Furniture sector down in June despite slight uplift from online

UK retail sales decline in June as volumes fell to a rate not seen since the depths of the pandemic, says the BRC.

According to the latest BRC-KPMG Retail Sales Monitor for June 2022, total sales fell by 1.0% in June, against an increase of 10.4% in June 2021. This is below the 3-month average decline of 0.8% and the 12-month average growth of 3.0%.

UK retail sales decreased 1.3% on a like-for-like basis, when they had increased 6.7%. This was above the 3-month average decline of 1.5% and below the 12-month average growth of 1.0%.

Non-Food retail sales decreased by 3.3% on a Total basis and 4.2% on a like-for-like basis, while Food sales increased 2.2% on a Total basis and 1.6% on a Like-for-like basis.

In terms of category rankings, furniture remained at the foot of the table in June when compared to last year’s position of fifth. Home accessories was also down. Furniture did improve within online sales on last month, but again sat bottom of the pile for in-store rankings.

In-Store sales of Non-Food items increased 2.2% on a Total basis and 0.6% on a Like-for-like basis since June 2021. This is below the 12-month growth of 35.5%m, while Online Non-Food sales decreased by 9.1% in June, against a decline of 5.9% in June 2021. This is above the 3-mth average decline of 10.3%.

The Non-Food Online penetration rate decreased from 43.3% in June 2021 to 39.4% this June.

Helen Dickinson OBE, Chief Executive | British Retail Consortium, said: “Sales volumes are falling to a rate not seen since the depths of the pandemic, as inflation continues to bite, and households cut back spending. Discretionary purchases were hit hard, especially white goods and homeware, while consumers also traded down to cheaper brands in food and non-food alike. While the Jubilee weekend gave food sales a temporary boost, and fashion sales benefited from the summer holiday and wedding season, this was not enough to counter the substantial slowdown in consumer spending.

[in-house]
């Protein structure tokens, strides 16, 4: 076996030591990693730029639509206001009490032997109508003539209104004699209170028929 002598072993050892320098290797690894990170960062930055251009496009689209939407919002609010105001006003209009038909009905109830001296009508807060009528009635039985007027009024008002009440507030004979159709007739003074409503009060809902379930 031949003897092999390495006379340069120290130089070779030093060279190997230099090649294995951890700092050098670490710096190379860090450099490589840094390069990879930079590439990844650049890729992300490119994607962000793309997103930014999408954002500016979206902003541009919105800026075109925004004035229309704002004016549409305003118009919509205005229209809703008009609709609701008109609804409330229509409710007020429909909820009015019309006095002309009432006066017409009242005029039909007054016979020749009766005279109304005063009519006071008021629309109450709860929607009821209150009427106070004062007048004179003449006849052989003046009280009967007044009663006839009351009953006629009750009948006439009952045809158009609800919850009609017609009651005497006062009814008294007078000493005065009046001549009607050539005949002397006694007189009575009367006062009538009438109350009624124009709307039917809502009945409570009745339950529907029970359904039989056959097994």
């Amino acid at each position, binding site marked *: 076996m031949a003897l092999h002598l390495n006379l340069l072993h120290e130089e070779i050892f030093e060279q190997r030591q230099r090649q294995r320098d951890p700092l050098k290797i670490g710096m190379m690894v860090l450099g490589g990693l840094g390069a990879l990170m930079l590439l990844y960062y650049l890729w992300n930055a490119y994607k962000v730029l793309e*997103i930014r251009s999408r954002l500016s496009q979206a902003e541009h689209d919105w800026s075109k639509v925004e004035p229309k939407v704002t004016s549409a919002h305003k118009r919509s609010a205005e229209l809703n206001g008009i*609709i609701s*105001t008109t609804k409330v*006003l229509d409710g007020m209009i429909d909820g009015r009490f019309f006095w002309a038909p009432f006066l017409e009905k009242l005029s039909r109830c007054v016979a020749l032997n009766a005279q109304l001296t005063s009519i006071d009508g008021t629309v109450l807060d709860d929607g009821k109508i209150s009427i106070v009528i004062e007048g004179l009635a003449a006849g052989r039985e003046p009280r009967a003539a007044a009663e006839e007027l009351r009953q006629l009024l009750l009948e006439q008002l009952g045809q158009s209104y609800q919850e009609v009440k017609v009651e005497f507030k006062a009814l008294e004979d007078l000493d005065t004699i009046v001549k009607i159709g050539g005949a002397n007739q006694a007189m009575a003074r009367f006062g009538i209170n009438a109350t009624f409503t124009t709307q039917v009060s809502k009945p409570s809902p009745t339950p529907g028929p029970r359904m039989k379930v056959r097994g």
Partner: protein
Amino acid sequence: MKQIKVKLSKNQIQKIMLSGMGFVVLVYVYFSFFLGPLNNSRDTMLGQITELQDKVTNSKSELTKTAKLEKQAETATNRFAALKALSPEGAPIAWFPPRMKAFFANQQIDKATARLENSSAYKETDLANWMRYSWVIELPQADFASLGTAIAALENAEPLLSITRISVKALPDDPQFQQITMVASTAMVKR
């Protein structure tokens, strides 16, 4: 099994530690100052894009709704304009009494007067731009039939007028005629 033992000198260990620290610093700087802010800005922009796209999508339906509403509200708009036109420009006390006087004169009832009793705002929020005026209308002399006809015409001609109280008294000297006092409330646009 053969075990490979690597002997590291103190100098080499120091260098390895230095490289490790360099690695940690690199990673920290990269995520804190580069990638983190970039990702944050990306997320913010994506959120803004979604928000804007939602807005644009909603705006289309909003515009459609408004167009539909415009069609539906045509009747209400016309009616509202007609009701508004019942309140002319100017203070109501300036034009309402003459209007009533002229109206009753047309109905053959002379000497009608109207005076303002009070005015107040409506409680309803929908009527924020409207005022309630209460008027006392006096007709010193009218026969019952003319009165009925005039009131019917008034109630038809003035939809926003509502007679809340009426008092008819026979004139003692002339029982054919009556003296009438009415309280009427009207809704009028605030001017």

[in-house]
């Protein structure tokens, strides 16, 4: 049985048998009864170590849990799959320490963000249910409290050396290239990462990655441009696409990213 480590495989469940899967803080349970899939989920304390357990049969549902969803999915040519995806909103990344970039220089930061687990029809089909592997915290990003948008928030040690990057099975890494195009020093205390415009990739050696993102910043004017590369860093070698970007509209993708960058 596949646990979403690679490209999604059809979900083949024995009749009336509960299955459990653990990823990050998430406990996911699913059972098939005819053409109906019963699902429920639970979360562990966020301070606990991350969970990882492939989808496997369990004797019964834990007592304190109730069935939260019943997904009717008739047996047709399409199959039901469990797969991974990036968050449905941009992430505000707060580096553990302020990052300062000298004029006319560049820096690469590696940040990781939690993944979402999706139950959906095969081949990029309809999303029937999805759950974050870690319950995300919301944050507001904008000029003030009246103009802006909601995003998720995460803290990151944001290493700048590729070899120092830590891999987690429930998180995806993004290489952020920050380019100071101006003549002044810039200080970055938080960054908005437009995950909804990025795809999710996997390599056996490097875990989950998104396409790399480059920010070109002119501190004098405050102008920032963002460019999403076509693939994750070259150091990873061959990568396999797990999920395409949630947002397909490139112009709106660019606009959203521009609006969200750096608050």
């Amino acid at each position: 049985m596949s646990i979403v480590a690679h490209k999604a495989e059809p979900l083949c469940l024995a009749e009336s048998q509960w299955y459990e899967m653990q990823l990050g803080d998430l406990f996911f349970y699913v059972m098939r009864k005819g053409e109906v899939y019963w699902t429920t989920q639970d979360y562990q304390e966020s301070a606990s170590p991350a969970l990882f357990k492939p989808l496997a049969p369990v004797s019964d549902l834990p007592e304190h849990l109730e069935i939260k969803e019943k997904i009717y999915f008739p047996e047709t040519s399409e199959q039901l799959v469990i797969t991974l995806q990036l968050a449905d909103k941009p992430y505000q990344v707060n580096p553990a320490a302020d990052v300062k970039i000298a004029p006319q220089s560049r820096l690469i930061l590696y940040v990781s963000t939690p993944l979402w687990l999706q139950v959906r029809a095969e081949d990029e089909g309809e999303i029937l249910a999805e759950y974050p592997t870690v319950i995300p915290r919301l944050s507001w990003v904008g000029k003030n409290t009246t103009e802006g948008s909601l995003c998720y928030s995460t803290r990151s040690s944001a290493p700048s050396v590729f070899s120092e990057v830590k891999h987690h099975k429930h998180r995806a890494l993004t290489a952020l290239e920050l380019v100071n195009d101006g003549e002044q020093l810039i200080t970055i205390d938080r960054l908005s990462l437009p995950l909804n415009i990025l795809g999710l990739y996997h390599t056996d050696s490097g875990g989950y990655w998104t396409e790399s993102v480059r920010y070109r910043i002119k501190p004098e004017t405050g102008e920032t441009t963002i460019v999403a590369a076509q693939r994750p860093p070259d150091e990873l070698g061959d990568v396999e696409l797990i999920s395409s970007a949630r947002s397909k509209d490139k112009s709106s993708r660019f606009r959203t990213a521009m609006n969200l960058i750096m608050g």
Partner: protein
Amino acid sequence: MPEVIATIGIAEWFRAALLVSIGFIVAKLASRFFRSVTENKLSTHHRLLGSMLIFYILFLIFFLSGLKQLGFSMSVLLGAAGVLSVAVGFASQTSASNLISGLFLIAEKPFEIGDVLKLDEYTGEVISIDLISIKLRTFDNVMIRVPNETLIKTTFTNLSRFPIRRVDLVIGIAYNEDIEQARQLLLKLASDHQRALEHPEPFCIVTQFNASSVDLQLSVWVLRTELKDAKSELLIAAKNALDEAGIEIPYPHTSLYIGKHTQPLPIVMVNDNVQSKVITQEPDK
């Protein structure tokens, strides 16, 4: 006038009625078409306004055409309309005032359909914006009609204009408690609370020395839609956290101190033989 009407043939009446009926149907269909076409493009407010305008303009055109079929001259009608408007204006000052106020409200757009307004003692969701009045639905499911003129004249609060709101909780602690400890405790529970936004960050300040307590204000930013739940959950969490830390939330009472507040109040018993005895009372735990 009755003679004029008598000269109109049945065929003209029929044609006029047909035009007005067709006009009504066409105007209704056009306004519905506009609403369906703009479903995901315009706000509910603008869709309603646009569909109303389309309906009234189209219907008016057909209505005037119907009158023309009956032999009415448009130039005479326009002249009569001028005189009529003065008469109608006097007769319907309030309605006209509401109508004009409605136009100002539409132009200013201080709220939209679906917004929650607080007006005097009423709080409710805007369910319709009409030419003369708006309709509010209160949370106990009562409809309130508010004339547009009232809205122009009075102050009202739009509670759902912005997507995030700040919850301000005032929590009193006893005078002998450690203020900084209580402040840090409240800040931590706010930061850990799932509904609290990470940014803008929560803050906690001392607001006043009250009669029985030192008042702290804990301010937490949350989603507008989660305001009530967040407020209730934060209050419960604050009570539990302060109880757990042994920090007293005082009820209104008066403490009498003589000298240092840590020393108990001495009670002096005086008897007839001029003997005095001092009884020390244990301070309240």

“Retailers are caught between significant rising costs in their supply chains and protecting their customers from price rises. The government needs to get creative and find ways to help relieve some of this cost pressure – the upcoming consultation on transitional relief is a golden opportunity to ensure that retailers aren’t overpaying on their business rates bills. Government action on transitional relief would make a meaningful difference to retailers’ costs and ease pressure on prices for customers.”

Paul Martin, UK Head of Retail at KPMG, said: “Retail sales continued to slide for the third month in a row, albeit down just 1% on what was a strong June 2021 and against a backdrop of unprecedented price rises on the high street. 

“Online shopping continued to move in reverse with total sales down 9% as non-food purchases related to the home, such as furniture, home appliances and computing, suffered the biggest falls in online spending.  The jubilee weekend, which saw street parties across the UK, provided some relief for food and drink retailers as sales grew by nearly 1.5% year on year, despite the rising cost across most items.

“As the cost living crisis continues to deepen, retailers face walking a fine line between protecting margins and further denting consumer confidence by passing on price rises whilst negotiating with their suppliers to share the cost increases. Cost and efficiency will dominate retailers’ agendas as they are forced to make some tough decisions on which products make it to the shelves in order to remain price competitive for consumers.  With a long run of hot weather predicted and many consumers choosing to holiday at home this summer, retailers will be hoping that the feel-good factor begins to improve confidence amongst some shoppers – as presently overall confidence levels are lower than sales may suggest.”

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